George Washington Papers

To George Washington from William Gordon, 17 July 1777

From William Gordon

Jamaica Plain [Mass.] July 17. 1777

My dear Sir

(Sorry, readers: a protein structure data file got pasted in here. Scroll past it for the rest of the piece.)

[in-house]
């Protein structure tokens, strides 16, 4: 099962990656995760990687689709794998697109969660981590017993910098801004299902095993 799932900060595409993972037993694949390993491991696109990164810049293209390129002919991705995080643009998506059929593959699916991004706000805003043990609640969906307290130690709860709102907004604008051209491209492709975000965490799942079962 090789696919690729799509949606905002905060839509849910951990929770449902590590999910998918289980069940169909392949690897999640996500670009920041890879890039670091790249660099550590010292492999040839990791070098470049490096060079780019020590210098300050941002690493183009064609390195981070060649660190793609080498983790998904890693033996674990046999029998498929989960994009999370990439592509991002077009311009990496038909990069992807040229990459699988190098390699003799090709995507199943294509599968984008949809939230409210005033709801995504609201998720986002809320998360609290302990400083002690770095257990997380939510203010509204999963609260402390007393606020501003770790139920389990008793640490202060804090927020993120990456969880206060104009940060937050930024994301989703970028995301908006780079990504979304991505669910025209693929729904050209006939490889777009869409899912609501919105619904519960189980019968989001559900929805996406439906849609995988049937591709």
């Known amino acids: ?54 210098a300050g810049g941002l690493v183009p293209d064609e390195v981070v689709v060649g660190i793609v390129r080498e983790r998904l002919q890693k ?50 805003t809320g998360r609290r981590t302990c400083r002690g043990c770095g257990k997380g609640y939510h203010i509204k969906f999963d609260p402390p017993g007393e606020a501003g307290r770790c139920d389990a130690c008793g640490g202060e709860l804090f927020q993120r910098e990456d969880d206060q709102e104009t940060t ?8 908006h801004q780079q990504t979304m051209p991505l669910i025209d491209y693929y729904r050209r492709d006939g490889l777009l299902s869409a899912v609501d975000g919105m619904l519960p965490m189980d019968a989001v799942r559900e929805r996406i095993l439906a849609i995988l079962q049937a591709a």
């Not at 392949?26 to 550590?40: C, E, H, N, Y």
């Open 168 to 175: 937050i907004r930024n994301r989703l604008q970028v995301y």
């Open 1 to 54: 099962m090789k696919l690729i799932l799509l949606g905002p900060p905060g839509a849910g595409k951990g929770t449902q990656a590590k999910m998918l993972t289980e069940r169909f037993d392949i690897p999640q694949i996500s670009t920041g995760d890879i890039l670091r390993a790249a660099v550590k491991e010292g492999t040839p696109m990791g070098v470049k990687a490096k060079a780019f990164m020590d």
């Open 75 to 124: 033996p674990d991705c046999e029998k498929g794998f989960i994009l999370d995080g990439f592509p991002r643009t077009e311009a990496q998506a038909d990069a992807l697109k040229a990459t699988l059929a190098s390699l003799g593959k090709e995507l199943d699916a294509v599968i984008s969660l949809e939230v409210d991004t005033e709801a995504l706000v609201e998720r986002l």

Your fortitude has been put to a fresh trial, through the stupid neglect of the New England States, of the Bay particularly. I have been weeping inwardly for you & the common cause, ever since we have had the news confirmed of the Northern Keys being lost. Such blundering mismanagement as our general Court has been guilty of, puts me almost out of patience. The fault is chargeable chiefly if not wholly, upon the House of Representatives. Alas for us, they are not equal to the great affairs of war, & yet are too conceited to entrust the proper powers with a suitable executive. The Council a long while back, & in time urged them again & again by messages to provide for the security of Ty., but that was foolishly omitted that they might attend to a new constitution. The Congress had recommended to all the States to have returns of the men inlisted by the middle of May: so far from attending to it, the house gave no order for it till the week before last & I am pritty certain adjourn’d without having had any return made.1 Men inlisted for the three years instead of being sent forward early, were left lounging about at home, a nuisance to the neighbourhood. I was at Wooburn yesterday, fifteen miles distance, one of the inhabitants informed me, that the company they raised, of about forty, very soon in the year, were not all gone till within about ten days. Many of our officers have behaved shamefully in these matters, & ought to be drummed out of the army; I don’t know any thing they are good for, but to keep off the bullets from killing better men. Instead of hastening to their posts in the field, they have been loitering at home: instead of taking good care who they enlisted, they have taken up with any thing that would tell for a man, with any riffraff that has offered to ease them of their bounty, without principle or attachment, no ways tied to the Continent, & hundreds of them, I suppose, now that they are wanted, are to be found no where but upon the muster-roll. If your Excellency has [not] got over the paroxysm of your resentment at the conduct of the New Englanders, in suffering matters to get into such a train as may disconcert your measures, & lay you under great difficulties for the rest of the campaign, you will be ready to smile at the thought of my being so out of humour: but if Friend Gates was present, I should be ready to say to him as upon a former occasion, “they are enough to make a person angry, but not enough to make him swear” & I would be cautious not to sin in my anger. But I am violently displeased. I viewed the prospect of our public affairs lately with much pleasure. All things seemed to be in a fine way. We could scarce have wished them better. Now the Indians will be wavering or worse, the numerous parties of tories, in the York State particularly, be assiduous in assisting the enemy, & our frontiers be plundered, the last I can say but little against, we deserve it, possibly the people may be roused to exert themselves mightily, now that danger stares them in the face, & thus the whole through infinite wisdom & a kind providence be over-ruled for our good. I have begun to preach up the danger we are in, should the Howites be designed for this or the neighbouring state, & intend dwelling upon the subject, & to confirm persons in the notion of my being really of this judgment by preparing for my own removal. It can do no hurt, & may have a good effect by tending to awaken the stupid, for we still abound with lethargic souls. I give them to expect but little assistance from any force your Excellency can send them, for I tell them, they have made it necessary for you to keep the greater force your way to check the enemy & to over-awe Indians & Tories.